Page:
WRUF Weather has been tracking it for days, and Thursday it arrives in North Florida on schedule. Another significant rainfall event, that at times will come down in buckets, will keep umbrellas busy at times through Friday morning. Gainesville has been no stranger to heavy rain recently, with more than 16 inches being recorded at the airport in the past four months, a time of year not typically known for heavy rain.
- This Evening: light and spotty showers
- Thursday: heavy rain and some thunder midday
- Friday: early morning brief showers
The rainfall will be arriving in three waves through Friday morning, with the heaviest likely occurring midday Thursday. The first wave of rain, mainly in the form of a few showers, arrives this evening. We should see a brief reprieve from the steady rainfall during the Thursday morning commute, before a second and more widespread round arrives by mid-morning. The energy associated with this wave is stronger, leading to heavy rainfall at times and even a few thunderstorms. Drier conditions are expected in the wake of this round by early evening, lasting into the overnight hours. A third and final round of showers is possible early Friday morning with the passage of a weak cold front. This episode of rain completes the three-day event, leaving us with clearing skies and climbing temperatures by the end of the weekend.
Amounts from this event will be significant, but likely occurring over a long enough period of time to prevent much in the way of flooding. Nonetheless, minor urban flooding and ponding of water on roadways will most certainly be possible during the downpours Thursday. Total rainfall accumulation through Friday morning will range from 2 to 2.5 inches near and north of a line from Cedar Key to High Springs to Starke. Further south, through much of Levy, Alachua, and Putnam counties, rainfall will likely total around an inch to 1.5 inches. Marion County and points south will generally rainfall of around an inch with this system.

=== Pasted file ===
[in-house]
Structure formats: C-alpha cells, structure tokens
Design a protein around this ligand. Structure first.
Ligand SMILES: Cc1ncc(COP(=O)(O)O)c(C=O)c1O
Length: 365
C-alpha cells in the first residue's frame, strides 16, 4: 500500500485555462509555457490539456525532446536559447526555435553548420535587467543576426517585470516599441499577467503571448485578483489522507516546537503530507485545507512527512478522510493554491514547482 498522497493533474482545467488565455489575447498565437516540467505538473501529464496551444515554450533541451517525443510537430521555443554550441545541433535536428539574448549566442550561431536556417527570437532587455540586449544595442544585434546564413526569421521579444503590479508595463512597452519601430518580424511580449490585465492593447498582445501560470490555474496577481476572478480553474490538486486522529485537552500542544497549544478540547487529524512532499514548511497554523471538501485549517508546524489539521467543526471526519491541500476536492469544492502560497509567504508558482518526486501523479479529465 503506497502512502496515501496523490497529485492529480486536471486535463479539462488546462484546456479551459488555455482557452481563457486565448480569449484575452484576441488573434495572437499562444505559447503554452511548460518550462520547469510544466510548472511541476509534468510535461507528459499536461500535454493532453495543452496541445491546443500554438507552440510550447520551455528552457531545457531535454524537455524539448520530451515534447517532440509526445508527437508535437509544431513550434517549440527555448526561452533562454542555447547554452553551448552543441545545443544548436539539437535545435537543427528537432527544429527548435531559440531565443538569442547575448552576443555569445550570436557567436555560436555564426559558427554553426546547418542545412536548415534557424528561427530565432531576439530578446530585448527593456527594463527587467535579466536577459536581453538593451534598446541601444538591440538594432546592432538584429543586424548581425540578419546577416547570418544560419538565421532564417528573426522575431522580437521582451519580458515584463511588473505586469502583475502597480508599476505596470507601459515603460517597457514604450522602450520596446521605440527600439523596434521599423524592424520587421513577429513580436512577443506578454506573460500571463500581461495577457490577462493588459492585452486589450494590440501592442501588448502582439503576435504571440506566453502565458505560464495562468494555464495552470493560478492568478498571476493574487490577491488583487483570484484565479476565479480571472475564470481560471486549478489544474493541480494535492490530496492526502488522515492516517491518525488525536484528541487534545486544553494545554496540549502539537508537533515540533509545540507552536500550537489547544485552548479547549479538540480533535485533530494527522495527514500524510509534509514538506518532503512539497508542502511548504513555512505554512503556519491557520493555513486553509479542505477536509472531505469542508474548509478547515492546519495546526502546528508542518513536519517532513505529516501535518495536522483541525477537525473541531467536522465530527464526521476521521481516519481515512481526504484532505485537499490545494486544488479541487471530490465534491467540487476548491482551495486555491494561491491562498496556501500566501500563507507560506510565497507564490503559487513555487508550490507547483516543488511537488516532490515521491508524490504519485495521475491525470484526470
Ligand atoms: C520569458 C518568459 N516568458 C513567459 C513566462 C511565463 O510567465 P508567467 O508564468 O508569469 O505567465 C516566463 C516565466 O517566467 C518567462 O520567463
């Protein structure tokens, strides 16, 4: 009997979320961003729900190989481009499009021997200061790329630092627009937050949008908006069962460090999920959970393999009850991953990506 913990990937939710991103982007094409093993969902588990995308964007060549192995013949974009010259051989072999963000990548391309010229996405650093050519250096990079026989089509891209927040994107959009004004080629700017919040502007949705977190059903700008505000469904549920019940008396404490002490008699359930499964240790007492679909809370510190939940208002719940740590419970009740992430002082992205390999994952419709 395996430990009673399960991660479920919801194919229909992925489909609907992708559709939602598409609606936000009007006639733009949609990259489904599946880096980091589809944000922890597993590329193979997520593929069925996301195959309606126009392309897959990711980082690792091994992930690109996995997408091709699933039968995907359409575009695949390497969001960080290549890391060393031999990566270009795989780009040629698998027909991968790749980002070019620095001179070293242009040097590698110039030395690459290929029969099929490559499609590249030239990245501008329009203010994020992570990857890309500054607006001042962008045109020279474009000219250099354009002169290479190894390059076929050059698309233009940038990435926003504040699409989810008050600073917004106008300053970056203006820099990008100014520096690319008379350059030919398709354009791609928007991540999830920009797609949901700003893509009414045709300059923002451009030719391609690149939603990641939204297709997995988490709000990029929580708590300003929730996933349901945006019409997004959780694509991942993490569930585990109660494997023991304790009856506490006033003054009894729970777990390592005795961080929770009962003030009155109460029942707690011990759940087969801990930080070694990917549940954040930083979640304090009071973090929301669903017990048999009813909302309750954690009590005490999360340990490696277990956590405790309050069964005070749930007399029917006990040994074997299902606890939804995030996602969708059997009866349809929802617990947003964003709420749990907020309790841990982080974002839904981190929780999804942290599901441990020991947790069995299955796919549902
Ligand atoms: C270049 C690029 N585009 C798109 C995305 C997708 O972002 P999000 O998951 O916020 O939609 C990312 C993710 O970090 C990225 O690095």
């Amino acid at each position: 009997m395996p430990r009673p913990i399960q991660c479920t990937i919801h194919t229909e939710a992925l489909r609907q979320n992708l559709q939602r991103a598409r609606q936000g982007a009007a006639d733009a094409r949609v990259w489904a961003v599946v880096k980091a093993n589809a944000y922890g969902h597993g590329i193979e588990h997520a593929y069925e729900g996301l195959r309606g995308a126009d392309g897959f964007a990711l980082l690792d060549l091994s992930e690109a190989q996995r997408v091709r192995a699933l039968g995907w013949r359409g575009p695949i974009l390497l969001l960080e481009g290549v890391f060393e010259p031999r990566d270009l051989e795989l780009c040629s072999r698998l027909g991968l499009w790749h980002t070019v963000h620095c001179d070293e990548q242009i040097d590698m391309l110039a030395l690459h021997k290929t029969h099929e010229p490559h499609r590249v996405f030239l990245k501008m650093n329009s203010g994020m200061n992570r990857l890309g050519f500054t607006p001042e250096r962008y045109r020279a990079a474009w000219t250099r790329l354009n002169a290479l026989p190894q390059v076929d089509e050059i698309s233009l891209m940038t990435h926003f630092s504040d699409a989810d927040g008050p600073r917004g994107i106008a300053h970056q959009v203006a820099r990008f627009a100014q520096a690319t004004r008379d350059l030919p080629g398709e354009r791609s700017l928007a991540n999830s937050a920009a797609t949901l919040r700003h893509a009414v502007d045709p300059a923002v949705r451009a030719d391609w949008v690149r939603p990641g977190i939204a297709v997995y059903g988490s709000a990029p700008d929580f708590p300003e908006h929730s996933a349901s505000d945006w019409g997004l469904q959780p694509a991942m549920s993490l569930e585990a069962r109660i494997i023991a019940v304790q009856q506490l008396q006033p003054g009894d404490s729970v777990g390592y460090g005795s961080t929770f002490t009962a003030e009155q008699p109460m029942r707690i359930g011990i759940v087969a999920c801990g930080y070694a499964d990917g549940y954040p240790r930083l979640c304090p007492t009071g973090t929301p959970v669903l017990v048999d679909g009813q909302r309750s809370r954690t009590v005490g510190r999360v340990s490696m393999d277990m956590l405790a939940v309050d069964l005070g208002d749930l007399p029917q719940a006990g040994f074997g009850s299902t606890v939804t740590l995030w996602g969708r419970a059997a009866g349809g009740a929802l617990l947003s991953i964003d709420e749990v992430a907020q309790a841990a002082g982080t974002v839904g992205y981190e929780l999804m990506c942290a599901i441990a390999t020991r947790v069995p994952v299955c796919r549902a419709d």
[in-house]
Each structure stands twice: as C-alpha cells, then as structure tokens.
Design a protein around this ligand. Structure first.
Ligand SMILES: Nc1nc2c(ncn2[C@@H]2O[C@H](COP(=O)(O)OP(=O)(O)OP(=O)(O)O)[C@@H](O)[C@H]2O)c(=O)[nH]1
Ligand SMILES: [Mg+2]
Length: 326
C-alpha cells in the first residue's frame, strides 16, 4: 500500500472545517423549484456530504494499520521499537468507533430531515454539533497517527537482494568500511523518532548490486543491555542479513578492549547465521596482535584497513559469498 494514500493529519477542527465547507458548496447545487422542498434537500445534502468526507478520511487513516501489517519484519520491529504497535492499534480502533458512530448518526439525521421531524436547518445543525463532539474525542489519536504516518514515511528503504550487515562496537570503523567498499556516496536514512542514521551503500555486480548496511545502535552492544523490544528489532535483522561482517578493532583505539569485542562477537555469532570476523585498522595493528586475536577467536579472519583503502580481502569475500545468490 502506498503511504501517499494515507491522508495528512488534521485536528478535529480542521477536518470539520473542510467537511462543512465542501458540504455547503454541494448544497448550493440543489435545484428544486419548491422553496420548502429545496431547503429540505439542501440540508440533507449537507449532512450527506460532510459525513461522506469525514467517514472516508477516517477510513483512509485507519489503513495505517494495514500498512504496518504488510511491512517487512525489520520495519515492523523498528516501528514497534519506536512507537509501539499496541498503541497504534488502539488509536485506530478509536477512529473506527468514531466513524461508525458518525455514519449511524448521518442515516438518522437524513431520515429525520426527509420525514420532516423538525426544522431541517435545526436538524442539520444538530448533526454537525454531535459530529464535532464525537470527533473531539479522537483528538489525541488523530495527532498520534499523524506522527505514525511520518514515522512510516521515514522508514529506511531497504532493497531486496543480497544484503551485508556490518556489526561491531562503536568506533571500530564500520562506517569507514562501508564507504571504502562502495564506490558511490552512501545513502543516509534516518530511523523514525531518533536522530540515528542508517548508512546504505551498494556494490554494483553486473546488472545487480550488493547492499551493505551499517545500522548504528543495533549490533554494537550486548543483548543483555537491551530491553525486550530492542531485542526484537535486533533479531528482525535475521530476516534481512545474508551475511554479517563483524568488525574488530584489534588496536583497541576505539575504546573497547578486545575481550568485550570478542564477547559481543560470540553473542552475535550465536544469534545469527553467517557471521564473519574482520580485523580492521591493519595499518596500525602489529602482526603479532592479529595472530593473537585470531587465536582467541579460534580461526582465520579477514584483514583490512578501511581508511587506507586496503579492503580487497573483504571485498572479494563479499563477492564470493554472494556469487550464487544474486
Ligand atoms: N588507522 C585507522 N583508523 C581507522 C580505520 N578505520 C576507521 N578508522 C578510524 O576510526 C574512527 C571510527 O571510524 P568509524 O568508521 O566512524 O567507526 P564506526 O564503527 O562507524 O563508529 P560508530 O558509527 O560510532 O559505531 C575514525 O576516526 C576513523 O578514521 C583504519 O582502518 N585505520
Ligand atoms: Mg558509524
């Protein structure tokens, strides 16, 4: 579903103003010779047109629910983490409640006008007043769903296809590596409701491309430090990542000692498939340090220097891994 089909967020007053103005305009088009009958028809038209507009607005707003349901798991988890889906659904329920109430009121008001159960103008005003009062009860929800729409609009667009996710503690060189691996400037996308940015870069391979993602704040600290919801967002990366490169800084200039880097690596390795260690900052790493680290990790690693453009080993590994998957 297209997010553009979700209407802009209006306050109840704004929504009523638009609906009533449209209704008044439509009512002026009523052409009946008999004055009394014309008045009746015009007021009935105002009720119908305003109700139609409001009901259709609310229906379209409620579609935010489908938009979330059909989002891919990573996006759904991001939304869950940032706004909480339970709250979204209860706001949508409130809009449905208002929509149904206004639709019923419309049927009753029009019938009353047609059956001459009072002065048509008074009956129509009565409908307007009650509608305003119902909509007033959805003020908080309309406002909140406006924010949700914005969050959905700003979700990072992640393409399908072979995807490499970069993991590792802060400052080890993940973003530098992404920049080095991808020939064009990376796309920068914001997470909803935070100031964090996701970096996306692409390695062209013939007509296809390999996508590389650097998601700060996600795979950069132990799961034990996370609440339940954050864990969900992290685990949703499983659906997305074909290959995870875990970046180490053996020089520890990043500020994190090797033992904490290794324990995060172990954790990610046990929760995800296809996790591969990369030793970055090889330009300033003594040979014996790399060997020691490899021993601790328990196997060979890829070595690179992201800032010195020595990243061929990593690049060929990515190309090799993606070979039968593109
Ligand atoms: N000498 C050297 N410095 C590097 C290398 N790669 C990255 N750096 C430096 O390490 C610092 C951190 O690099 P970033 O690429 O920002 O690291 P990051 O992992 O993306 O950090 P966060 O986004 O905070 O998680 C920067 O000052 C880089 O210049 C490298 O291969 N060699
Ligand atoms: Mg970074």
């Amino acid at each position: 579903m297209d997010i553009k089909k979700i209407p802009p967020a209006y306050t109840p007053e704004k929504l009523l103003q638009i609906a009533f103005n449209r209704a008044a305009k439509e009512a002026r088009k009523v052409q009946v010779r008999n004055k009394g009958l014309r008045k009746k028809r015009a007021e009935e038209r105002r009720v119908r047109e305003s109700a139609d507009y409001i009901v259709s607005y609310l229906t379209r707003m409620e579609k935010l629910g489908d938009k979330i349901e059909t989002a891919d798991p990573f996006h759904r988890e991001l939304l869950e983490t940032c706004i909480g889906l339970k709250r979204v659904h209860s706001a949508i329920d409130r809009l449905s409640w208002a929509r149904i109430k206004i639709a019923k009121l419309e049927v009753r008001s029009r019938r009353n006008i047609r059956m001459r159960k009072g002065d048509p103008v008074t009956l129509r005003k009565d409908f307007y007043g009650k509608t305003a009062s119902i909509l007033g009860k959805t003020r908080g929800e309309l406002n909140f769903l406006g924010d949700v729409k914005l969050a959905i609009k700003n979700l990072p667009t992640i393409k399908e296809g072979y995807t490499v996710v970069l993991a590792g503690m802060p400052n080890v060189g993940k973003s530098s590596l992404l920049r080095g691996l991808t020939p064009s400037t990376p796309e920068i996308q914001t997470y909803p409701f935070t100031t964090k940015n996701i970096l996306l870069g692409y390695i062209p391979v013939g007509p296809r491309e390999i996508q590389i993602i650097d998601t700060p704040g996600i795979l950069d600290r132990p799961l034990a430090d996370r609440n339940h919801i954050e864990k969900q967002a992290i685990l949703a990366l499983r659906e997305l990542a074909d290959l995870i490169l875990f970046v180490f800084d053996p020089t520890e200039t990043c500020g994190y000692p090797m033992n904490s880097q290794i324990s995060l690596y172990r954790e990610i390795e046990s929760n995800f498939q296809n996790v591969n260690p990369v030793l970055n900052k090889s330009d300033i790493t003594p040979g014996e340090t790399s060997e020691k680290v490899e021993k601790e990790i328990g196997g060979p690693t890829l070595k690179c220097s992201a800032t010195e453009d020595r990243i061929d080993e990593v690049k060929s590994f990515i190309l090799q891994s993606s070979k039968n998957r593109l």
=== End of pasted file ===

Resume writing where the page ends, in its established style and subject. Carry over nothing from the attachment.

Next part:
A FEW STRONG STORMS POSSIBLE
The atmospheric setup for this event is similar to the one a couple of Sunday’s ago when severe weather threatened the Daytona 500. Most of North Central Florida was spared from the severe thunderstorms, and this will likely be the case Thursday as well. Most of the severe weather will be concentrated over Central and Southern Florida where higher amounts of moisture and instability will reside. However, as the stalled front over Florida starts to push to the north late Thursday, a couple of stronger storms are possible from Alachua County and points south. The primary threats associated with any strong storms that do fire up will be minor wind damage and small hail. A widespread severe weather outbreak is not anticipated, but a few strong storms are certainly possible Thursday afternoon.
Tune to WRUF-TV, Cox Cable Channel 6, for live tracking of any strong storms, like us on Facebook, and follow us on Twitter @WRUFWeather for any Strong Storm Alerts in North Central Florida.